Tunnel plan may solve A83 landslip misery

THE Scottish Government has been accused of standing in the way of the only solution guaranteed to keep traffic moving when landslides close the A83 at Rest and be Thankful.

Closures on the Rest and Be Thankful pass require a labour-intensive diversion Picture: Robert Perry

The Scottish Government has been accused of standing in the way of the only solution guaranteed to keep traffic moving when landslides close the A83 at Rest and be Thankful.

Businessman Donald Clark, who has travelled the route for more than 50 years, says the old military road diversion used during the latest landslip this month is failing travellers.

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Backed by a growing body of opinion, he believes the only way to allow traffic to flow if a landslide strikes is to build a concrete tunnel.

Mr Clark, whose family run The George Hotel in Inveraray, represented Mid Argyll Chamber of Commerce at the A83 taskforce meeting called by transport minister Keith Brown earlier this month.

He said: “At the taskforce meeting Transport Scotland officials were delighted at the diversion route of the Old Military Road. I strongly disagreed.

“Only open for 11 hours per day, closed at night for safety reasons, so presumably if there is thick mist, or cloud, the same closure policy will apply, giving the potential for complete closure for a week. They considered that a success. I consider it a failure at its first hurdle.”

He added that the diversion operation involved more than 20 workers, two breakdown vehicles, a digger and a snow plough, but when he requested the cost of this he got no answer.

“I travelled the diversion route four times in each direction over the last incident and depending on my arrival time, was delayed from between 15 to 45 minutes,” Mr Clark said. “My option can be easily constructed and is cheaper than any other scheme. It would give immediate protection and could be quickly activated with permanent traffic lights and snow type gates avoiding the mobilisation of 20-plus people, vehicles and machines at great expense.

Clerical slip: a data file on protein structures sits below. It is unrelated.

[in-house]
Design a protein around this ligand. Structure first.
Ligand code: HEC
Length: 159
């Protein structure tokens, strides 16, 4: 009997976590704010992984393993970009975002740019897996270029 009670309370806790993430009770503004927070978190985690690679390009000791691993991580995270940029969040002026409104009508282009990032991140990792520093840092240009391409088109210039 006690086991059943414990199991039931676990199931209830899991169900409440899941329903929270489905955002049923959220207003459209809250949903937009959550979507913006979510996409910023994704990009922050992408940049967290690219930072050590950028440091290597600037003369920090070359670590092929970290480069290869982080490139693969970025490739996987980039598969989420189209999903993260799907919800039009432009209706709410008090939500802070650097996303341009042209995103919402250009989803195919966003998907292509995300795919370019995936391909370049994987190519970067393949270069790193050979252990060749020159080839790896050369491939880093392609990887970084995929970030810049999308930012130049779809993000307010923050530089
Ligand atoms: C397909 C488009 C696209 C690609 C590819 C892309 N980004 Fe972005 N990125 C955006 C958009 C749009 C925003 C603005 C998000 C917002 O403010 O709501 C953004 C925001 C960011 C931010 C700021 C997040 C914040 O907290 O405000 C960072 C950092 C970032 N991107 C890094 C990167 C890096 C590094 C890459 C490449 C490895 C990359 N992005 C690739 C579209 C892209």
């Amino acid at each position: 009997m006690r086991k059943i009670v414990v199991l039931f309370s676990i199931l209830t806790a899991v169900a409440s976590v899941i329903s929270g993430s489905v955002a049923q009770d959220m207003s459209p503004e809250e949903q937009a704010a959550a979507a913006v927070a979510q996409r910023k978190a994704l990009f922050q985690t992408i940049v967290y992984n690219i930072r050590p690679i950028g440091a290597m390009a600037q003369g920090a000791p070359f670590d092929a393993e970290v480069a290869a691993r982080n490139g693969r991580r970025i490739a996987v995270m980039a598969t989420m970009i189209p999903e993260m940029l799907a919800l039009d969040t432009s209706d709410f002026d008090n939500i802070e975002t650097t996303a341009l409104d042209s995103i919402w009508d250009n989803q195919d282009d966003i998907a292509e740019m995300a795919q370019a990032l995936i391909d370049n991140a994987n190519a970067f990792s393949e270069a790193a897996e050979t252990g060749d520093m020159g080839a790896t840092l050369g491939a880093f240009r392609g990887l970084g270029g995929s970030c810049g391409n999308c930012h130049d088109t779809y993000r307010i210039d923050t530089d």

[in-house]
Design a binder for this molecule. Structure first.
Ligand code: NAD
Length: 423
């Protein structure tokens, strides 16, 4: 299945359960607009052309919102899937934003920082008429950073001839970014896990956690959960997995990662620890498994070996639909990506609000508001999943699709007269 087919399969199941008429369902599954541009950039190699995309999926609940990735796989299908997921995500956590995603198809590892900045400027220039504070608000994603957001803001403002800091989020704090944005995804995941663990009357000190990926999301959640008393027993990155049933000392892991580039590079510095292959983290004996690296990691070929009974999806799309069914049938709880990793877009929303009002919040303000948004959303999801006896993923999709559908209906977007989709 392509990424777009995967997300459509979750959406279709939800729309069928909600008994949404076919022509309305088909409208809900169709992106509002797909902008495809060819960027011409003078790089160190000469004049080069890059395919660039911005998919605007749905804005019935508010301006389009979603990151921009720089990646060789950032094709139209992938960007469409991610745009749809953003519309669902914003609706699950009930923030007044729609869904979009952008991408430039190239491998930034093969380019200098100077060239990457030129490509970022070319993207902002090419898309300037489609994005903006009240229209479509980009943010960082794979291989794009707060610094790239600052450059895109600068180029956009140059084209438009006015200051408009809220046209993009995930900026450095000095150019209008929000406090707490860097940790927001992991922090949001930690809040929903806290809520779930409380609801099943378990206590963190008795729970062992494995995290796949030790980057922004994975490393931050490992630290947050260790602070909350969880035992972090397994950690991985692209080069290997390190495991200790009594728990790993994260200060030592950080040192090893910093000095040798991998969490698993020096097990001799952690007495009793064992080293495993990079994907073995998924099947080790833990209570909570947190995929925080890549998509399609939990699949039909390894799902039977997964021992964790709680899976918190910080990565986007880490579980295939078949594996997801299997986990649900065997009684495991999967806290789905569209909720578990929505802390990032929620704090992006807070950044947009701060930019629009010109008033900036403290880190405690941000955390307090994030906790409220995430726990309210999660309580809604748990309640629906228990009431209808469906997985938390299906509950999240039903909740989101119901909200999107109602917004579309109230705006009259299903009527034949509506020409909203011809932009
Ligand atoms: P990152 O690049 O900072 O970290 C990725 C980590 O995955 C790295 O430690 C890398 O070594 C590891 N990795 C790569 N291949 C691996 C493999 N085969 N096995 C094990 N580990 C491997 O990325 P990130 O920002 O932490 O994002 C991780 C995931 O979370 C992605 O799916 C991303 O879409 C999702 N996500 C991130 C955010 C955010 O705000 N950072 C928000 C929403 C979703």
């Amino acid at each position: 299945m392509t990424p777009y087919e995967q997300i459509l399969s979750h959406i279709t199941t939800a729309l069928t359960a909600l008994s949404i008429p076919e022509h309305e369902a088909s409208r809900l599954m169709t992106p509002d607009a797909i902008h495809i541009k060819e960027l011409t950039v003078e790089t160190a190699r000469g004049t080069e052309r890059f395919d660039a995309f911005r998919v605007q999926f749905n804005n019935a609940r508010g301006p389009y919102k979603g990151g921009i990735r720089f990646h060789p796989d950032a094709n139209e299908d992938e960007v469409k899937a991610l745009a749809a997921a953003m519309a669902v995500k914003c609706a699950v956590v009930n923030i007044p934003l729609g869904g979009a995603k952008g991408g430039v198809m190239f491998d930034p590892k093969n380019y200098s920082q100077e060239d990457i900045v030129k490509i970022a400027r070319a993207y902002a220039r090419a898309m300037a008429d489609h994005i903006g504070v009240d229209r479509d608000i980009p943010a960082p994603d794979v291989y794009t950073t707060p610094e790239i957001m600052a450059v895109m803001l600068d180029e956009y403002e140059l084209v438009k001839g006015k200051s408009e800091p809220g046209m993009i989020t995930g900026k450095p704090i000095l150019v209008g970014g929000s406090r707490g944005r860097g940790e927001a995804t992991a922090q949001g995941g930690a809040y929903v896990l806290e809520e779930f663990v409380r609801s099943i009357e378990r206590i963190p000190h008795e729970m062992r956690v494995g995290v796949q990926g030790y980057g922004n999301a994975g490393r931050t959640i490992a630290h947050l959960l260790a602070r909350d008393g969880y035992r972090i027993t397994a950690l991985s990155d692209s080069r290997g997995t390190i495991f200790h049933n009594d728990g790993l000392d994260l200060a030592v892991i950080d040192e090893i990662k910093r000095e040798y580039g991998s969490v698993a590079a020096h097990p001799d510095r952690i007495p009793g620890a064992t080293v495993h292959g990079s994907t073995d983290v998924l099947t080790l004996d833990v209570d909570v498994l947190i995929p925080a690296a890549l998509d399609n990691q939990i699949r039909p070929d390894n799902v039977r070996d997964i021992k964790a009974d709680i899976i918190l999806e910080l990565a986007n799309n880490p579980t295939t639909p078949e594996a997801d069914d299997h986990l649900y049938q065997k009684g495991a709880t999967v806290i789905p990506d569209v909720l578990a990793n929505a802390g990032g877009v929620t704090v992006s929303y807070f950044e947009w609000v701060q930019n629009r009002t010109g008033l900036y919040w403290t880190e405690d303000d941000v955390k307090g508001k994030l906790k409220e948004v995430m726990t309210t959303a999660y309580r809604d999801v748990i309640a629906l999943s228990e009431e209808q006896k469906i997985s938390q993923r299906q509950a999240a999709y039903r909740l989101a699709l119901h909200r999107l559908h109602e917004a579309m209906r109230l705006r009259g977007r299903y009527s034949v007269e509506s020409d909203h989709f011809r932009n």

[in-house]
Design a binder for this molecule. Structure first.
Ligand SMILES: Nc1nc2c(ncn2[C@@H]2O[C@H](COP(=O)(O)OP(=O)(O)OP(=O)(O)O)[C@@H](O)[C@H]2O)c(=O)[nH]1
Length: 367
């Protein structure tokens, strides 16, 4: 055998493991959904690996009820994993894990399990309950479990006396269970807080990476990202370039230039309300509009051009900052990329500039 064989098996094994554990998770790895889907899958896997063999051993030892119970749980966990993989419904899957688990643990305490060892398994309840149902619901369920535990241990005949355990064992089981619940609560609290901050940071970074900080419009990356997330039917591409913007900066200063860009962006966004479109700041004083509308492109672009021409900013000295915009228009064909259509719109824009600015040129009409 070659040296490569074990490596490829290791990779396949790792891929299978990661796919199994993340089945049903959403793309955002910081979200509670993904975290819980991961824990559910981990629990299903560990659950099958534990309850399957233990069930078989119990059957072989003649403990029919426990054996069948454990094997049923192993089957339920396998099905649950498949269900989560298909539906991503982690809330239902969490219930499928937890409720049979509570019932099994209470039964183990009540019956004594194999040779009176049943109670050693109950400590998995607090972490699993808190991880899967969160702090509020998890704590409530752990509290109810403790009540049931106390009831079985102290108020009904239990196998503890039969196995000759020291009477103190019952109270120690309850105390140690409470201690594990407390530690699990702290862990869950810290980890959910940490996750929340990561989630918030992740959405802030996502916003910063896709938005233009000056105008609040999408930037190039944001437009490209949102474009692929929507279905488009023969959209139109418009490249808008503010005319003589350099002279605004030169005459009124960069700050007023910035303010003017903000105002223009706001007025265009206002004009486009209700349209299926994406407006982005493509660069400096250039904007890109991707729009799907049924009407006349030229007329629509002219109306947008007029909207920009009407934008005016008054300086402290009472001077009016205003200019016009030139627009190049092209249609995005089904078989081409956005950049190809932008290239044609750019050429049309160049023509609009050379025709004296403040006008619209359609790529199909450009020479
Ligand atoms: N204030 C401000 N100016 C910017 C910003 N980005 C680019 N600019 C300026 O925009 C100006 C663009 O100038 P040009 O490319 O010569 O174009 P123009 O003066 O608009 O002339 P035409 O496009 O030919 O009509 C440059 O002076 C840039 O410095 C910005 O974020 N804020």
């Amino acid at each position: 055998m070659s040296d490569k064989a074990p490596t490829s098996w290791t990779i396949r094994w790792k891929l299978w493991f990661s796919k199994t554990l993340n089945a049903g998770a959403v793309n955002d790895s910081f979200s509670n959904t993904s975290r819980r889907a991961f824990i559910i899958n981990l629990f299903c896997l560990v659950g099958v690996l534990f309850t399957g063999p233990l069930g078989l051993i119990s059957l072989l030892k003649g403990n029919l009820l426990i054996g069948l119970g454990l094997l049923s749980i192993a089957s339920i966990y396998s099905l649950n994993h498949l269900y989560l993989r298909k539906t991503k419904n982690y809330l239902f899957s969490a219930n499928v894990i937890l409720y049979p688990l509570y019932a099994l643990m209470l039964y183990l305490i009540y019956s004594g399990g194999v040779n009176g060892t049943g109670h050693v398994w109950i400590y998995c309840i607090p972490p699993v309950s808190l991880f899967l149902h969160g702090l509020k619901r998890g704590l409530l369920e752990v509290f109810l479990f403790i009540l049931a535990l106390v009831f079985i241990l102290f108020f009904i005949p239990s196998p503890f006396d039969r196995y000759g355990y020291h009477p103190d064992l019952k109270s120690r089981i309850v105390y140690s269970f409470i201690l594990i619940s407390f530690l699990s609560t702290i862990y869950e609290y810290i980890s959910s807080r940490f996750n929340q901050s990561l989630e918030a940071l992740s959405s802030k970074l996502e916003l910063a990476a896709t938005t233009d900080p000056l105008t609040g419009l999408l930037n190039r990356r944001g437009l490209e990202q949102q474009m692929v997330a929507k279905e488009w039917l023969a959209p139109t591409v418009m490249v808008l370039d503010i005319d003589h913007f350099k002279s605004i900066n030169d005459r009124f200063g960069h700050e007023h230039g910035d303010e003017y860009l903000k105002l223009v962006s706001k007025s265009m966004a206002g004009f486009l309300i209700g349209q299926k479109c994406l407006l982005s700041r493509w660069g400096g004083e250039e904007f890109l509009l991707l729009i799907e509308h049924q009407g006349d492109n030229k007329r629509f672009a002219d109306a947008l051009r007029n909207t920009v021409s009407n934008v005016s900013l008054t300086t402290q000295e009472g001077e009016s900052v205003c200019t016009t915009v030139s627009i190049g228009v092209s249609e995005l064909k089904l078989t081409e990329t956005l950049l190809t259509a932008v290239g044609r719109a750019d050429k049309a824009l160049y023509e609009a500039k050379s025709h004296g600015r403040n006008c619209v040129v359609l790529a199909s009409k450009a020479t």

“I spent over three hours watching and studying the diversion route and the hillside. This was over a weekend early in March and was outwith the busy tourist high season or the nightmare scenario -– an Easter or a Bank Holiday weekend. It would be gridlock.”

Retired Oban businessman John MacGillivray favours the tunnel proposal.

He said: “They can do it in Switzerland, Austria, France, Italy, all over the place. They basically just have a reinforced concrete pipe on the road. It’s not an impossible thing to do and it would benefit the whole area.” A Transport Scotland spokesman said: “A 2013 study, which reviewed options to reduce the risk of landslide impacts on the A83 at the Rest and Be Thankful, did consider the option of a tunnel, which presented significant environmental impacts in relation to ecology, landscape and visual intrusion.

“The option chosen by the A83 Taskforce, which includes debris flow barriers, improved hillside drainage and vegetation/planting options, was deemed to provide a similar level of risk reduction at significantly better value for money. These works are continuing and benefits will be monitored and reviewed on an annual basis.”

Mr Clark claimed the response was “nonsense” as a tunnel covered with natural material would have far less adverse impact than the netting the government has erected.